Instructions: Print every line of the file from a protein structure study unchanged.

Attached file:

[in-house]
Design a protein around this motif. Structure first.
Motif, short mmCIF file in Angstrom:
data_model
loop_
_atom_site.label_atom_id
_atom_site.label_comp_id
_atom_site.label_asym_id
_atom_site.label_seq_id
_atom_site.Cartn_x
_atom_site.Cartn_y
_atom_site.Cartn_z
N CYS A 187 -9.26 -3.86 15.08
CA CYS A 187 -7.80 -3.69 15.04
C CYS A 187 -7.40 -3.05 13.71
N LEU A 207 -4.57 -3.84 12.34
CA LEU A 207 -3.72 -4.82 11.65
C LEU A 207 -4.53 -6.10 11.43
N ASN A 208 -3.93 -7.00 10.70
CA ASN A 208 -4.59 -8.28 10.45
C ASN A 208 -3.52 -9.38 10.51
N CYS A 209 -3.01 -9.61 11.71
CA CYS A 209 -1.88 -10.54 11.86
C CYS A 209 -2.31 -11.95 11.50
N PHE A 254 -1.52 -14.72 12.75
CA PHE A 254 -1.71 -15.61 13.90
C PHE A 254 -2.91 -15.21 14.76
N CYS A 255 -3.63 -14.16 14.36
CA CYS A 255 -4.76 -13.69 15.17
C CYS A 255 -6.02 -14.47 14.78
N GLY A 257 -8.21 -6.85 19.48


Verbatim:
[in-house]
Design a protein around this motif. Structure first.
Motif, short mmCIF file in Angstrom:
data_model
loop_
_atom_site.label_atom_id
_atom_site.label_comp_id
_atom_site.label_asym_id
_atom_site.label_seq_id
_atom_site.Cartn_x
_atom_site.Cartn_y
_atom_site.Cartn_z
N CYS A 187 -9.26 -3.86 15.08
CA CYS A 187 -7.80 -3.69 15.04
C CYS A 187 -7.40 -3.05 13.71
N LEU A 207 -4.57 -3.84 12.34
CA LEU A 207 -3.72 -4.82 11.65
C LEU A 207 -4.53 -6.10 11.43
N ASN A 208 -3.93 -7.00 10.70
CA ASN A 208 -4.59 -8.28 10.45
C ASN A 208 -3.52 -9.38 10.51
N CYS A 209 -3.01 -9.61 11.71
CA CYS A 209 -1.88 -10.54 11.86
C CYS A 209 -2.31 -11.95 11.50
N PHE A 254 -1.52 -14.72 12.75
CA PHE A 254 -1.71 -15.61 13.90
C PHE A 254 -2.91 -15.21 14.76
N CYS A 255 -3.63 -14.16 14.36
CA CYS A 255 -4.76 -13.69 15.17
C CYS A 255 -6.02 -14.47 14.78
N GLY A 257 -8.21 -6.85 19.48